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Coronary angioplasty is a procedure to open a blocked or narrow coronary artery. Coronary arteries are the blood vessels that bring oxygen to the heart muscle. It may also be called percutaneous coronary intervention (PCI).
Angioplasty helps blood flow more normally to the heart muscle. If you have coronary artery disease, it may be done to relieve angina symptoms such as chest pain or pressure. Angioplasty can also be done during or after a heart attack. As a treatment for a heart attack, it may also prevent heart problems.
Before an angioplasty, a doctor does a coronary angiogram. This finds narrowed or blocked arteries. The doctor inserts a thin, flexible tube called a catheter into an artery in your upper leg (groin) or wrist. The doctor moves the catheter through that artery to the coronary arteries. The doctor then uses dye to see any arteries that are blocked or narrowed.
If you have a blocked or narrow artery, a tiny balloon is moved through the catheter. It is used to open the artery. The doctor can also use the balloon to place a stent in the artery to keep it open.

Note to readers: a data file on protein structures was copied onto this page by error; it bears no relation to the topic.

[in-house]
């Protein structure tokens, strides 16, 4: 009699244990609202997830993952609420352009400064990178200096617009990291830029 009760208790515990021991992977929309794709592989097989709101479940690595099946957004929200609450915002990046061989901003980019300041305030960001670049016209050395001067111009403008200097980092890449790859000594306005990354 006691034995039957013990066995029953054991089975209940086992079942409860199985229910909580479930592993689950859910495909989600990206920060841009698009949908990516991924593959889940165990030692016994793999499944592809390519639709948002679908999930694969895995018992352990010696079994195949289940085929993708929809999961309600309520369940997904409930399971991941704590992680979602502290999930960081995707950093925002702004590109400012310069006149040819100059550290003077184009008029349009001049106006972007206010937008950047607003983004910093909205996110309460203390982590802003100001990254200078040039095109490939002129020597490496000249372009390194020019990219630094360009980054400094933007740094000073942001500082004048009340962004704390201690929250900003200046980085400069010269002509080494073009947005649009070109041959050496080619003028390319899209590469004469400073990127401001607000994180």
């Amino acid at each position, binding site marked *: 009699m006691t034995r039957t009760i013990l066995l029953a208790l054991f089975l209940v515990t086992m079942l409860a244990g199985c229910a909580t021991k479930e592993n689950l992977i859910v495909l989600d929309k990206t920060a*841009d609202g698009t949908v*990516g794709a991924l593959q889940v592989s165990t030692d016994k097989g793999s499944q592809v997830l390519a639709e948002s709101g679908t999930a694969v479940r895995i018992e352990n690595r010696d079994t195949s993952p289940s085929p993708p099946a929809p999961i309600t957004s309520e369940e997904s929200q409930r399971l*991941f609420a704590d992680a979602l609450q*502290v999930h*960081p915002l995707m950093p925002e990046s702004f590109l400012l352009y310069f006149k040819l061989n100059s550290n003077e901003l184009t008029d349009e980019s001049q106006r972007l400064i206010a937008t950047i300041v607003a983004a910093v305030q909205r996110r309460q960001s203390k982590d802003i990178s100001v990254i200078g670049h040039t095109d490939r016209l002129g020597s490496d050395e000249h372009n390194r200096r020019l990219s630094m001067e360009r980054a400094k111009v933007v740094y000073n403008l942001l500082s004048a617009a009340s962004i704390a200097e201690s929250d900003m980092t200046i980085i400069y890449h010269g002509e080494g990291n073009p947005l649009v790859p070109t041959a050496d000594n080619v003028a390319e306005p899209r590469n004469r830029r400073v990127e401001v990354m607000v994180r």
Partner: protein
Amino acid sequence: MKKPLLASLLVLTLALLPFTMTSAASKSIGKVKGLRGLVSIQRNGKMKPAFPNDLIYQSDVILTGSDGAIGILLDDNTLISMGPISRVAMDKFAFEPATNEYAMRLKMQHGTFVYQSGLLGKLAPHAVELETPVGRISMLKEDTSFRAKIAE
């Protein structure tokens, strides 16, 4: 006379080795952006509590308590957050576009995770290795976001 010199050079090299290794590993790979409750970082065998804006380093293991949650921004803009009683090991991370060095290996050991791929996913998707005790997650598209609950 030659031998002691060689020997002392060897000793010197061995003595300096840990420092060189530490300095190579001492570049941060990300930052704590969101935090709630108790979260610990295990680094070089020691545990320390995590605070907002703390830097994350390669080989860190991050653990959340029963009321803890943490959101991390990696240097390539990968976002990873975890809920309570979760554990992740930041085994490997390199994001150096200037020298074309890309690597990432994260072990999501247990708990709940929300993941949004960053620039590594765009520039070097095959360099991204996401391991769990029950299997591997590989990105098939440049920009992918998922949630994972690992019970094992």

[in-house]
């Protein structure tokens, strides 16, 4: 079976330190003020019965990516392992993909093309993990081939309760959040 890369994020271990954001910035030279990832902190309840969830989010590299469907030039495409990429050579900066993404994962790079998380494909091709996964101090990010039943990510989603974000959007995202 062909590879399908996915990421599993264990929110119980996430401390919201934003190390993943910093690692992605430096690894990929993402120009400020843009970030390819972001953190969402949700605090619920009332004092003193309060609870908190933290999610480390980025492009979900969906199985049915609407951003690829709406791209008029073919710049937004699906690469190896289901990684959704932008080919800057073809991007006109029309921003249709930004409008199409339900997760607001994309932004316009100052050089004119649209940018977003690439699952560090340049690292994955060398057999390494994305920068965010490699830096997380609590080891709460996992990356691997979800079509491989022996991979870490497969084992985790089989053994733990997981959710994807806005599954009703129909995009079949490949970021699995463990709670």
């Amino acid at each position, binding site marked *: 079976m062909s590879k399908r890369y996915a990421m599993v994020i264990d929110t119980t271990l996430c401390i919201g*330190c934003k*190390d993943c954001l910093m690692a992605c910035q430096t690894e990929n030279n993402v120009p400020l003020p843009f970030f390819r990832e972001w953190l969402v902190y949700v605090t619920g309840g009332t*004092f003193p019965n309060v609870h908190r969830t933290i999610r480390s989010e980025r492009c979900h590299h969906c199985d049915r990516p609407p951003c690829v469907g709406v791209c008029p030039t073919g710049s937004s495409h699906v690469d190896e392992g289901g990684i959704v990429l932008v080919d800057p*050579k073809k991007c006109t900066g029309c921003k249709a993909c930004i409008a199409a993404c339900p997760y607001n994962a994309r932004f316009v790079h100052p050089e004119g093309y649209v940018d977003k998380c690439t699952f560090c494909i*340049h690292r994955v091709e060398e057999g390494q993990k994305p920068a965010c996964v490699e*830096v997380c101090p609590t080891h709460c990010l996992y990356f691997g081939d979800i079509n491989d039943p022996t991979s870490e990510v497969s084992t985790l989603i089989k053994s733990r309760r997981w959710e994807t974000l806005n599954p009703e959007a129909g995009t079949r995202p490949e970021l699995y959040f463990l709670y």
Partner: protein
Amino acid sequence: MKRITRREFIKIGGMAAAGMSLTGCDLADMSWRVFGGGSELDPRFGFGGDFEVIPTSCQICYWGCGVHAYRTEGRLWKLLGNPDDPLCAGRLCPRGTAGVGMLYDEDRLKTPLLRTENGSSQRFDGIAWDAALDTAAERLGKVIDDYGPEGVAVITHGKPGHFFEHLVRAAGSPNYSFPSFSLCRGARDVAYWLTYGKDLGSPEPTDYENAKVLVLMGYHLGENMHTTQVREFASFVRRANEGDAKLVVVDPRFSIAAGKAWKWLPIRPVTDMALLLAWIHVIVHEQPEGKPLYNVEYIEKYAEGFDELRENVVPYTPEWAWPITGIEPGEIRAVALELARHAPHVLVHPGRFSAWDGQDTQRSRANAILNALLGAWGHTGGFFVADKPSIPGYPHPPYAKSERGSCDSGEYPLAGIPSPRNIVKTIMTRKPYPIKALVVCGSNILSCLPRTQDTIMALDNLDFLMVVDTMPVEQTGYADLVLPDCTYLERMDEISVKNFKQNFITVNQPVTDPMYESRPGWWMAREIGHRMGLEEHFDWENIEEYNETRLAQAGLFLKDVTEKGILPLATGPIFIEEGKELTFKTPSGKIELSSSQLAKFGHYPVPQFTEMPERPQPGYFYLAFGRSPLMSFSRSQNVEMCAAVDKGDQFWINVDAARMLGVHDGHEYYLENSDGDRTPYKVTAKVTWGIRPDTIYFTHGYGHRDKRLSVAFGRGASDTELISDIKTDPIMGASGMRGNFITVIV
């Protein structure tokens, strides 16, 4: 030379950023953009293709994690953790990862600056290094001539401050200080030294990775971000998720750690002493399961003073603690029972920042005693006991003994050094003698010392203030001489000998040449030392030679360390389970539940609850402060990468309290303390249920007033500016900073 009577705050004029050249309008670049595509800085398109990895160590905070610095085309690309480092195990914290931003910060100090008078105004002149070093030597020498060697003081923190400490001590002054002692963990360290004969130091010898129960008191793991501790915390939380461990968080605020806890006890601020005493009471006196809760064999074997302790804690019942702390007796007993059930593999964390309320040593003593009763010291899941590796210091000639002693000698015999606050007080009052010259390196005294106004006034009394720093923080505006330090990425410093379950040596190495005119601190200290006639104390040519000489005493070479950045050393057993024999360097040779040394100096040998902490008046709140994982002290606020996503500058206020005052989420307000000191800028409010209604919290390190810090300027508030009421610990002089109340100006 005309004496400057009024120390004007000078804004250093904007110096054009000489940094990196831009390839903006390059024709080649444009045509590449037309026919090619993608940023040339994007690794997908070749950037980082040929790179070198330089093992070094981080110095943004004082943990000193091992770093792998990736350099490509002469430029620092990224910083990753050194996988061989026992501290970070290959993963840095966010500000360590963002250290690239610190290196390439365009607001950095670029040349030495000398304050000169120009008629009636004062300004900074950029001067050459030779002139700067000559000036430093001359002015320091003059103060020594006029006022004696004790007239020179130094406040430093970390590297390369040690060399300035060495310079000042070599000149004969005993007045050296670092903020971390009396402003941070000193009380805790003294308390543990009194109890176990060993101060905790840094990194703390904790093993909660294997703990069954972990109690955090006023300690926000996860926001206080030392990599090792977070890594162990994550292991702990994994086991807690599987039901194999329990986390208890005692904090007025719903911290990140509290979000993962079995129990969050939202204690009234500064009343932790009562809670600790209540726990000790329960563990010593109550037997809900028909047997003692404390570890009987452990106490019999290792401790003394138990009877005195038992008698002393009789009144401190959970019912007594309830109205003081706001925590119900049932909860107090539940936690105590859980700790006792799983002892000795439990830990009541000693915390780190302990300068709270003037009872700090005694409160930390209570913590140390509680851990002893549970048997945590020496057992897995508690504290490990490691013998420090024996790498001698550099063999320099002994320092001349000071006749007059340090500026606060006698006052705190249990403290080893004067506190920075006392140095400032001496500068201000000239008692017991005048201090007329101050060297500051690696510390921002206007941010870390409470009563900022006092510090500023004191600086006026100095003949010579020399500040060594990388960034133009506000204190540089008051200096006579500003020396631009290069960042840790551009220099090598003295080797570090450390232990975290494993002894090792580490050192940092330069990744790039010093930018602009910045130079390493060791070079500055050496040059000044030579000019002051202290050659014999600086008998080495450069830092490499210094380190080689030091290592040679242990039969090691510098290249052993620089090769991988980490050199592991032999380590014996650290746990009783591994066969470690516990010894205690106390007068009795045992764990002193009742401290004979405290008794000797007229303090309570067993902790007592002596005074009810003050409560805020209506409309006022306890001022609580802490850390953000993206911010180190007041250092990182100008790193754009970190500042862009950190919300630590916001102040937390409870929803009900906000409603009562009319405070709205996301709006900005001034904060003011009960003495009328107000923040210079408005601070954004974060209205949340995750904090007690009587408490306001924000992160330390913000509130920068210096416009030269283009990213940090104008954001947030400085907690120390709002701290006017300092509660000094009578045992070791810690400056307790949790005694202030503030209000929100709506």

The procedure may take 30 to 90 minutes. But you need time to get ready for it and time to recover. It can take several hours total. You may go home the same day. Or you may stay at least 1 night in the hospital.
Follow-up care is a key part of your treatment and safety. Be sure to make and go to all appointments, and call your doctor if you are having problems. It's also a good idea to know your test results and keep a list of the medicines you take.
Procedures can be stressful. This information will help you understand what you can expect. And it will help you safely prepare for your procedure.
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Current as of: April 29, 2021
Author: Healthwise Staff
Medical Review:E. Gregory Thompson MD - Internal Medicine & Martin J. Gabica MD - Family Medicine & John A. McPherson MD, FACC, FSCAI - Cardiology
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